Since the trust is intended to last a very long time, the initial trustee is not likely to outlive the trust. Circumstances unforeseen at the inception of the trust may very well occur. For these reasons, the trust (section 4.5) appoints a “trust protector” – a person or institution to serve as the trust’s “watchdog” over what may need to be changed, amended, removed, etc. as time goes on.

Article 10 is also worth noting. The Grantor should consider how he/she may want to define such basic terms as “spouse” and “child”, given the potential long-term of the trust and evolving issues of social change, genetic engineering, etc. One can consider a “traditional” definition here, or allowance of either present or possible future definitions to be included in the trust.

 

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a big fat A-hole

a big fat A-hole

leslie moreland gaines, “documentary filmmaker,” con man, artistic failure, hypocrite, and all around evil son of a bitch

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April 24, 2014 · 11:16 am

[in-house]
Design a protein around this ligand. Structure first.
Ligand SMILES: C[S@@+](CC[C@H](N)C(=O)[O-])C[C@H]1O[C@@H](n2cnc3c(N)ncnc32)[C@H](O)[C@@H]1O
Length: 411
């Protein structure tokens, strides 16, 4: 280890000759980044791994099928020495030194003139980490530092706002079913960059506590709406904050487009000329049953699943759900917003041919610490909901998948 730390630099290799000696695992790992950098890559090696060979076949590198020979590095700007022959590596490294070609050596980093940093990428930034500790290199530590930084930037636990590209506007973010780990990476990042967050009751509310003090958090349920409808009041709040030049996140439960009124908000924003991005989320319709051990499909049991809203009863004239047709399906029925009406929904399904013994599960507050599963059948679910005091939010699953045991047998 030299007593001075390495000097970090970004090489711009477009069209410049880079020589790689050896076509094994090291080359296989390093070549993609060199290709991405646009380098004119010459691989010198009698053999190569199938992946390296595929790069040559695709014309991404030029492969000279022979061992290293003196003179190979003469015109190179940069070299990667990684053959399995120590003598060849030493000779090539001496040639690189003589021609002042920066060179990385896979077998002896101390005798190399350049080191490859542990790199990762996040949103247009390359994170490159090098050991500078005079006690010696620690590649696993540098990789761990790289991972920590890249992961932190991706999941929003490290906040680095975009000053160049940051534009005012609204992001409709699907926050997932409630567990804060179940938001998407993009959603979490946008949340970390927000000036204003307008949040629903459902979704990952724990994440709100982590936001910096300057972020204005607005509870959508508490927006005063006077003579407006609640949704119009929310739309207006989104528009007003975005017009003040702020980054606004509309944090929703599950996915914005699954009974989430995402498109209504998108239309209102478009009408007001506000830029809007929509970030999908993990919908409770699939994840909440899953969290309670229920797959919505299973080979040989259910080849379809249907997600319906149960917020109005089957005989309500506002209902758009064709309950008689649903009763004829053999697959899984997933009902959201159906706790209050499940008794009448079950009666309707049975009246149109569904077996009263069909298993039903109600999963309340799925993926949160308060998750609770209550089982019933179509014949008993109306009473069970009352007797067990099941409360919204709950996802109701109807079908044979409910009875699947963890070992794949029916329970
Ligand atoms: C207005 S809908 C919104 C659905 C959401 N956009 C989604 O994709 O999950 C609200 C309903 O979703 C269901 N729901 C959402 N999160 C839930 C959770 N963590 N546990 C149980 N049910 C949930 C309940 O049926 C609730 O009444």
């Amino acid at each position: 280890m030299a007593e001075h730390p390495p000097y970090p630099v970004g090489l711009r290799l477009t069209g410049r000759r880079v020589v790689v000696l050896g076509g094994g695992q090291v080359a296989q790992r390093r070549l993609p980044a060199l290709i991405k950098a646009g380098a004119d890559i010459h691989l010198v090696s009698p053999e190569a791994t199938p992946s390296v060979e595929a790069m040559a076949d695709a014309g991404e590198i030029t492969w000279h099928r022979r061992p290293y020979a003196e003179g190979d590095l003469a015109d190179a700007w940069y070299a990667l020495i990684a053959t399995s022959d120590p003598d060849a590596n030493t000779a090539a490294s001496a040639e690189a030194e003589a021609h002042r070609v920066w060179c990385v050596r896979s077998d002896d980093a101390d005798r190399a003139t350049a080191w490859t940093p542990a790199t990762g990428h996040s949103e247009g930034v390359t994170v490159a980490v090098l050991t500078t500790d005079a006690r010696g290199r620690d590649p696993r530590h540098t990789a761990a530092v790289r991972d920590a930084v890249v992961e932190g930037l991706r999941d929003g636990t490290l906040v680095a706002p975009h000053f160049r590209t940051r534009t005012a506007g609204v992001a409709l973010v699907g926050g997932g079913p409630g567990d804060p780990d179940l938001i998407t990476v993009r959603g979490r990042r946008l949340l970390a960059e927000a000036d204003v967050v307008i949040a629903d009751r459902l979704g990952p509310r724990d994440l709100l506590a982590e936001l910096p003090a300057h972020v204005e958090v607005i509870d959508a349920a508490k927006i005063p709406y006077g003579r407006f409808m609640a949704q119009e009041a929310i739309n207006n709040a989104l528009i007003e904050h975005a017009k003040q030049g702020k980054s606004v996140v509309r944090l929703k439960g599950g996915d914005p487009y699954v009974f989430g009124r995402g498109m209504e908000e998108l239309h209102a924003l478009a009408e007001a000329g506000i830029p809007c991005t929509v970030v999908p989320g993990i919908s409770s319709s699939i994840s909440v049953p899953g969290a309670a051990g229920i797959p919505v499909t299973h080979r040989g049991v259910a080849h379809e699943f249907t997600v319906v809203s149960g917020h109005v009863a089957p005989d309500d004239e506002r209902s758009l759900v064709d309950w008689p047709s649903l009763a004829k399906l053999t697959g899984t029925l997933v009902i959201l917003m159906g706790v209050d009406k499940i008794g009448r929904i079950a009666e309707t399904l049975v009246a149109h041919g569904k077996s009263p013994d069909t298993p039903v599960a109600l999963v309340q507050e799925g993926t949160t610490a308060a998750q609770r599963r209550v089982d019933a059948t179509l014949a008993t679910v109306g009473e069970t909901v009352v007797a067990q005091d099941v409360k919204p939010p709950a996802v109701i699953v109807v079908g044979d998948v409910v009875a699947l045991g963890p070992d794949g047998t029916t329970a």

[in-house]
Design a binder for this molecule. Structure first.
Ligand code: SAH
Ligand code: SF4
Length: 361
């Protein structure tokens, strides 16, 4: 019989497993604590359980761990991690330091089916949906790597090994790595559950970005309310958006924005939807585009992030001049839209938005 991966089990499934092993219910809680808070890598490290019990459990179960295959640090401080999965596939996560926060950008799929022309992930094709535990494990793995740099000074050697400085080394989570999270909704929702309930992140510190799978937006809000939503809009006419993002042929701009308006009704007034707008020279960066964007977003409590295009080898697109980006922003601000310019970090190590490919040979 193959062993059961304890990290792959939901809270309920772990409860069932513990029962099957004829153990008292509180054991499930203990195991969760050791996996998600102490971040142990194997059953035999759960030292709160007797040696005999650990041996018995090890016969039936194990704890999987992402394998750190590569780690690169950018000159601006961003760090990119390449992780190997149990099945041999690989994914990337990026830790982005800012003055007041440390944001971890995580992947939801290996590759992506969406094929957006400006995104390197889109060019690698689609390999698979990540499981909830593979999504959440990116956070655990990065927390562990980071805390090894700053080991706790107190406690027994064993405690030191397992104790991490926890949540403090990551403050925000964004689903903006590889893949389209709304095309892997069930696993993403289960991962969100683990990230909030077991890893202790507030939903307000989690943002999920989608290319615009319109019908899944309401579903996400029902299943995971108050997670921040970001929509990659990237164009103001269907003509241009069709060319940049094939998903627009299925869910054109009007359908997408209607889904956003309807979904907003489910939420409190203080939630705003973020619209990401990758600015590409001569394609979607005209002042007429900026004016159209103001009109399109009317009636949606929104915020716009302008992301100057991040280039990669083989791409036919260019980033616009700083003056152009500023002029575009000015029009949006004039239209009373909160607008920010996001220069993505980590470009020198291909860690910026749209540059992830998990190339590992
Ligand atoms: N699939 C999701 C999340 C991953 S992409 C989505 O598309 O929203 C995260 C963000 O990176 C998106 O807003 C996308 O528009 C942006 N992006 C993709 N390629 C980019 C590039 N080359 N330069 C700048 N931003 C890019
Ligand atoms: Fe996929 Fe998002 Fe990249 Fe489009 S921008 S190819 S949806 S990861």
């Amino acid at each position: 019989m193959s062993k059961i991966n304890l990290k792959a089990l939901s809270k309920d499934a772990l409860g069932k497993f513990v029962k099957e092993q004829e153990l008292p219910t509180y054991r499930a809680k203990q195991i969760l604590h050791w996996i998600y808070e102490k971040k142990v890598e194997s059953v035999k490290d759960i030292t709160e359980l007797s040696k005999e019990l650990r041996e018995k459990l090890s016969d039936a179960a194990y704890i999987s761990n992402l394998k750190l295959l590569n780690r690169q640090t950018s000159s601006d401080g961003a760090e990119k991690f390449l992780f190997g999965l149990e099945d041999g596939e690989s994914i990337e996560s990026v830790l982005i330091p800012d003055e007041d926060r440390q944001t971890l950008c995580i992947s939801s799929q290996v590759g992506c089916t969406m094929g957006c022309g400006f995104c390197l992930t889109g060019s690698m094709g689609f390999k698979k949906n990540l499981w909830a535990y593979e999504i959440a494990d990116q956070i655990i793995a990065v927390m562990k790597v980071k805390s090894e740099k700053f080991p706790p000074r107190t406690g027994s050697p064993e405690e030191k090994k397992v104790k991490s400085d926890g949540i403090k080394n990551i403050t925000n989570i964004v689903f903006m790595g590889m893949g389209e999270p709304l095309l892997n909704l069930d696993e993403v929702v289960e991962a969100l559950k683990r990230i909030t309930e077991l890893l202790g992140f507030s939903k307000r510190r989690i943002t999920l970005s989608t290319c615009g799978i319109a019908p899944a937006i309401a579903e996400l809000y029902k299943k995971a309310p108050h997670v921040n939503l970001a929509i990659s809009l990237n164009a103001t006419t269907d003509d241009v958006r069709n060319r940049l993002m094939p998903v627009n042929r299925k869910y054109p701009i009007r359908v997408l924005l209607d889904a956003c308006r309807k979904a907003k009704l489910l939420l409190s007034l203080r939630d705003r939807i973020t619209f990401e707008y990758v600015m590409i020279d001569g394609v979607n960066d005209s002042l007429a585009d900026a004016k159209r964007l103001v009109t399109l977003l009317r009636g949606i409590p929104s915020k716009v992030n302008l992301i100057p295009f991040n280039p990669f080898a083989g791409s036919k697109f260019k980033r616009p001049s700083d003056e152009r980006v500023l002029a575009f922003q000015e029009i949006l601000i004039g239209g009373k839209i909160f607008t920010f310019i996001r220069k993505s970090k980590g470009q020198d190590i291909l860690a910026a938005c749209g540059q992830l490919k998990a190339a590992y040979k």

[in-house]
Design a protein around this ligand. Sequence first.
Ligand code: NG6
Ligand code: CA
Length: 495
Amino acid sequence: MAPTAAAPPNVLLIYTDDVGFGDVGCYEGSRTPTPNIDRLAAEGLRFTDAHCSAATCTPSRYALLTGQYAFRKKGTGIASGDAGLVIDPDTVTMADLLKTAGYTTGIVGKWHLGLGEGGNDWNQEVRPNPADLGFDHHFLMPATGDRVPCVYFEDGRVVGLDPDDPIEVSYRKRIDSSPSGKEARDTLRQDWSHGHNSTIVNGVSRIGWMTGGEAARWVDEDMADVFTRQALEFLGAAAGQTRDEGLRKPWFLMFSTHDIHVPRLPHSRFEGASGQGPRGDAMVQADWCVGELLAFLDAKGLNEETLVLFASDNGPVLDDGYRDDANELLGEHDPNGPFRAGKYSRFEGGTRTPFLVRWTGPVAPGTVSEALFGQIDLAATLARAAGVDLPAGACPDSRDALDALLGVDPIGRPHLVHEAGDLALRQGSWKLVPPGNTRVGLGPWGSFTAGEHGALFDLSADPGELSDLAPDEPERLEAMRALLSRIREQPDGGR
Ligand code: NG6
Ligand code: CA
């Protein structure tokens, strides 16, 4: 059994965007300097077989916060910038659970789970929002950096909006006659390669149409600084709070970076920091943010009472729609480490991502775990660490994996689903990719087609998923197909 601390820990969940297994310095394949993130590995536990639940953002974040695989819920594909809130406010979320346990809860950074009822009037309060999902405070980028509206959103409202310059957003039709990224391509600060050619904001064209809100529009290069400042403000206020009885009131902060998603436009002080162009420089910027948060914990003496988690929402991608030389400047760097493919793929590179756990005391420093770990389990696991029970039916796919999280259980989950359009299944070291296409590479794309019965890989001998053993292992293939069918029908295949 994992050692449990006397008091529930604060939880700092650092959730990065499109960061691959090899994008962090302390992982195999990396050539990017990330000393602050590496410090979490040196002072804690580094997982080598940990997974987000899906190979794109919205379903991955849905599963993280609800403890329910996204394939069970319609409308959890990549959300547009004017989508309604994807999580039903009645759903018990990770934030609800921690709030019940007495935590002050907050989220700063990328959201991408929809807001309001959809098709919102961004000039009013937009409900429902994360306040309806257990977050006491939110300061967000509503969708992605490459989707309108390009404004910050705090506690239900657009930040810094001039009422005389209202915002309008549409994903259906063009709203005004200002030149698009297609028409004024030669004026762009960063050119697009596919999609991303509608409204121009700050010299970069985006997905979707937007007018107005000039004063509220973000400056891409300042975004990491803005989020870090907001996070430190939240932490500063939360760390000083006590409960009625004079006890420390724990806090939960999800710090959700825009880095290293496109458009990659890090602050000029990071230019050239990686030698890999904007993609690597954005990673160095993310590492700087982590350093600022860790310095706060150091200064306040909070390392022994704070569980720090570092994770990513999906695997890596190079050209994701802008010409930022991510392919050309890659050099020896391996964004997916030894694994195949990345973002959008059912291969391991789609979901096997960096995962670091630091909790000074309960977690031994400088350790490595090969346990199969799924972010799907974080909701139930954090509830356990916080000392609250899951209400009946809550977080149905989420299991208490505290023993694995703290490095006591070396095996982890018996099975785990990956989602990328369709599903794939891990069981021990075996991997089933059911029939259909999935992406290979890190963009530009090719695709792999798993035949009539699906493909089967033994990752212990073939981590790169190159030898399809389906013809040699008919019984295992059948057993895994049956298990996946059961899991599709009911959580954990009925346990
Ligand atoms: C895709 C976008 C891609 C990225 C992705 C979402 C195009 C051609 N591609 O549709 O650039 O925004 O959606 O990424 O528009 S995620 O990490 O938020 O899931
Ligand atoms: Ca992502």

hypocrisy in america

hypocrisy the american way

There is an interesting case which was argued in front of the Supremes on January 14th:  a Wyoming man is suing to prevent the Forest Service from building a rails-to-trails trail section, 28 miles in length, on his land.

The man’s parents were “granted” the land by the federal government in 1976, subject to the federal government’s previous grant of a right of way for a railroad, which in fact operated on the property from 1904 to 2003.

The man’s lawyers argue — so very poignantly! — that even money isn’t enough to compensate the man for his loss:  “Just compensation, however, is cold comfort for having to endure the disruption and inconvenience of having essentially a ‘linear park’ on one’s property:  [I]t appears beyond cavil that use of these easements for a recreational trail – for walking, hiking, biking, picnicking, Frisbee playing, with newly-added tarmac pavement, park benches, occasional billboards, and fences to enclose the trail way – is not the same use made by a railroad, involving tracks, depots, and the running of trains.”